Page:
Carnegie Mellon University
2019_MSSD Thesis_Miranda Ford_Synthesis.pdf (8.67 MB)

An Environmental Analysis of Waste Plastics Possibilities in Residential Construction

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posted on 2024-03-07, 15:33 authored by Miranda FordMiranda Ford

 One of the most mainstream, universally accepted, and physically manifested examples  of overall environmental degradation has become the overwhelming problem of plastic pollution.  Plastics were originally created as an extremely durable, lightweight, and cheap material.  However, their long lifespan, estimated at hundred to thousands of years (Barnes, et al. 2009),  has been relatively ignored largely in favor of disposable one-time uses. While plastics are  technically recyclable, to date, only 10% of all plastic have been recycled, with 79% ending up  in landfills or as pollution instead (Geyer, Jambeck and Law 2017). Some efforts have been  made to change policy and grassroots, consumer-based campaigns have been aimed at reducing  usage of plastic shopping bags and straws, but our plastic consumption as a nation and world  continues to rise (U.S. Environmental Protection Agency 2018). Recycling exists as a technically  feasible opportunity for change, but this is not currently taken advantage of at adequate levels in  our industry and recent changes to our international trade relationships have made this fact all the  more urgent (Brooks, Wang and Jambeck 2018). With China introducing higher contamination  restrictions on imported plastic waste and accepting 99.1% less plastic waste in 2018 than it did  in 2017, plastic waste has become an even more pressing and urgent issue (Staub 2019).  Increasingly larger amounts of plastic will end up in landfills or the ocean unless we are able to  identify greater outlets of use.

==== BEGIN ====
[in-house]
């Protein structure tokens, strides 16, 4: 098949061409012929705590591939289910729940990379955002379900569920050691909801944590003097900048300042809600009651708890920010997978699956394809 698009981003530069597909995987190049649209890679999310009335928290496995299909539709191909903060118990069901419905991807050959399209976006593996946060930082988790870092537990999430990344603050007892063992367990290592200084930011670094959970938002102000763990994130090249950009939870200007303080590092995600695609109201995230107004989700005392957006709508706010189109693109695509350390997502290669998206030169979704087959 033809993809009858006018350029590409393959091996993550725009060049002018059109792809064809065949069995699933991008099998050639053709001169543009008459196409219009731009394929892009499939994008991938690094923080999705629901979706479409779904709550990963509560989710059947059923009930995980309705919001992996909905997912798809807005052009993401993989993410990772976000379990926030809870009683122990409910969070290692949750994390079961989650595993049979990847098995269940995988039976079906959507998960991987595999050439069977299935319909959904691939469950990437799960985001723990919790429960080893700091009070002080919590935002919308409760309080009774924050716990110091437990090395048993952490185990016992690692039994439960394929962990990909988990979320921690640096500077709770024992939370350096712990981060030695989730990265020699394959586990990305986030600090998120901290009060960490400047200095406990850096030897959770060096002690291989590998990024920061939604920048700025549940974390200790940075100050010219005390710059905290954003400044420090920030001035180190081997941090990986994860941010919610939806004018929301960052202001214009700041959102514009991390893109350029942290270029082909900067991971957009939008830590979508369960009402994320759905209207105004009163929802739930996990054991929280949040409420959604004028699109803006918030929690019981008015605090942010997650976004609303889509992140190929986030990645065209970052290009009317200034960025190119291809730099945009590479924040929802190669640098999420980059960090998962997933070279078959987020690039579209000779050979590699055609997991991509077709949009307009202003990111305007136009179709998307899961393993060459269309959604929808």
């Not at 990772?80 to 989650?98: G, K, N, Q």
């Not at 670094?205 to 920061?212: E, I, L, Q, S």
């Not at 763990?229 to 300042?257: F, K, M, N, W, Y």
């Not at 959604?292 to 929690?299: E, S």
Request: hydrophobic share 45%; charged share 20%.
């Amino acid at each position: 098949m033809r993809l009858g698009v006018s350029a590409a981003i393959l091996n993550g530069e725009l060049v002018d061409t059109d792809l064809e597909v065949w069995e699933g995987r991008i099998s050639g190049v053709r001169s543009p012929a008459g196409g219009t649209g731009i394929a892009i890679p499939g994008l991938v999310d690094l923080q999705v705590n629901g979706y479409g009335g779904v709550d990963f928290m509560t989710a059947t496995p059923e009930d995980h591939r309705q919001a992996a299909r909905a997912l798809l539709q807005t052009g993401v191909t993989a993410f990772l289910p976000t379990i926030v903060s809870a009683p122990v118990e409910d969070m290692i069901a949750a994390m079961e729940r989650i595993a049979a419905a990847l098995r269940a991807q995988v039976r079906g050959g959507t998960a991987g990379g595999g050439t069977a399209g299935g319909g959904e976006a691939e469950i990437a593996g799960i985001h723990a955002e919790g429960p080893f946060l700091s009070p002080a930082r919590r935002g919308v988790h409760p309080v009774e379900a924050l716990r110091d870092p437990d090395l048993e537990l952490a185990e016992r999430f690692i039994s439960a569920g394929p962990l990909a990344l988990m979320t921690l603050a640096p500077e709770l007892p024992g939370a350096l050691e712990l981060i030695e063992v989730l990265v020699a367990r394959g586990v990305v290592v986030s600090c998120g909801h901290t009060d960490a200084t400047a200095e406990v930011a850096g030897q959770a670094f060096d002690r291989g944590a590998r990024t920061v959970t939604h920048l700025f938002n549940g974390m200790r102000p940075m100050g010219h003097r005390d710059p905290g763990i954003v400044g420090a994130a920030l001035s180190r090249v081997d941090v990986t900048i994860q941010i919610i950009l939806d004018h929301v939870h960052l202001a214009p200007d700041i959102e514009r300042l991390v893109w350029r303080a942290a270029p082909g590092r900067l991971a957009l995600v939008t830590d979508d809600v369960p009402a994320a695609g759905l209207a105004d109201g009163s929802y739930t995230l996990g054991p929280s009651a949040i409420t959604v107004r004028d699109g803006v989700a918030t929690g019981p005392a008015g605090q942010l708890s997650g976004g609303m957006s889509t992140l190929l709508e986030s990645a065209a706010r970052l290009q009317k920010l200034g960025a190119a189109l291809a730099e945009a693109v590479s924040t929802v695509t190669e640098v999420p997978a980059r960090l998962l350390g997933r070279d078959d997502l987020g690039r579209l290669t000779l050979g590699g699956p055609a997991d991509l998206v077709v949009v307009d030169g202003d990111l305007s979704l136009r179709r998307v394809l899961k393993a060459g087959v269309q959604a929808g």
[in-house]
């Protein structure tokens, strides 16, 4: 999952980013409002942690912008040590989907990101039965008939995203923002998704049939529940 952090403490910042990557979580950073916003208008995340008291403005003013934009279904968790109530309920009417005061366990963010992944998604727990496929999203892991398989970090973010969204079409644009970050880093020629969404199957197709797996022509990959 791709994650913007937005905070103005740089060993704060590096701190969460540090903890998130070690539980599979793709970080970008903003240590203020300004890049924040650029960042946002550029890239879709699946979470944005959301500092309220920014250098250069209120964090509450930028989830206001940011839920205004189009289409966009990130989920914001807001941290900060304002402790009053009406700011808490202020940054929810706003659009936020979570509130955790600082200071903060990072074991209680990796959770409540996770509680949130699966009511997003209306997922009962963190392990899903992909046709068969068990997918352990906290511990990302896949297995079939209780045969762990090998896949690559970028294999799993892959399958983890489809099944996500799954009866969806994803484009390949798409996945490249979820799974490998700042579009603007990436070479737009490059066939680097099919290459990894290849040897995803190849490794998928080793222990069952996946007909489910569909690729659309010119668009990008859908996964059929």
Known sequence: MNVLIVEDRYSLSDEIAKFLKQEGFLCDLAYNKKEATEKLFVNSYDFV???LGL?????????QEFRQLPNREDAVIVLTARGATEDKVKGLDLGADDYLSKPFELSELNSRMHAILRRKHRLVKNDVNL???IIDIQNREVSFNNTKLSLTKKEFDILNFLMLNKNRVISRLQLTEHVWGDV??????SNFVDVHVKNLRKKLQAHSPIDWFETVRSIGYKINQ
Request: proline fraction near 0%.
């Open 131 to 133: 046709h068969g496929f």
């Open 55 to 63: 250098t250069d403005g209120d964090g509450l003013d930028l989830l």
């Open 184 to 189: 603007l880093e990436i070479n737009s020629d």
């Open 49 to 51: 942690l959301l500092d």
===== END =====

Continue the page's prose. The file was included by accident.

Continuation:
In this context, the building industry has an interesting advantage in that it demands  materials with a longer life span as buildings have a longer use life than almost all consumer  plastics (O'Connor 2004, Murray 2018). The fabrication of recycled plastic for large-scale  architectural use can theoretically aid these problems. Existing, successful designs provide  precedents for this on a project or component basis but building construction as an industry has  yet to address its possibilities and larger environmental responsibility. Given these precedents,  the most standardized and mainstream method for using recycled plastic in buildings would be to  make standard building components out of 100% recycled material based on existing  manufacturing processes, although such products do not already exist. While precedence, such as  the work of Bureau SLA and Overtreders W, shows that this is physically feasible for a variety  of building components (Frearson 2017), analysis is required to determine if it would be  environmentally beneficial. As such, eight building components (structural framing, interior  sheeting, exterior masonry and siding rainscreens, doors, shingle and sheet roofing, and window  frames) were analyzed for environmental impact through Life Cycle Analysis combined with  consideration for either landfilling or landfill diversion of waste plastics. Through a comparison  of traditional materials and alternative, identical components produced out of recycled PET or  HDPE, it was determined that shingle roofing, sheet roofing, masonry cladding, siding cladding,  and window frames provide the best opportunities for recycling plastic waste and reducing the  environmental impact of the building industry. Based on a singular case study house (UDBS  2018), it is estimated that if all new construction, single-family, detached dwellings in the US  were to use recycled plastic sheet roofing, siding cladding, and window frames, we could save as  much as 18.3 billion kWh in fossil fuel consumption and 6.83 billion kg CO2 eq. in global  warming potential, as well as divert 1.5 billion kg HDPE waste from landfills, annually.  Alternatively, we could save 10.1 billion kWh in fossil fuel consumption and 5.36 billion kg CO2  eq. in global warming potential, as well as divert 2.1 billion kg PET waste from landfills,  annually. In one year, this could divert 27% of all annual US HDPE waste or 45% of all annual  US PET waste.  




Degree Type

  • Master's Thesis


  • Architecture

Degree Name

  • Master of Science in Sustainable Design (MSSD)


Dana Cupkova Steve Lee

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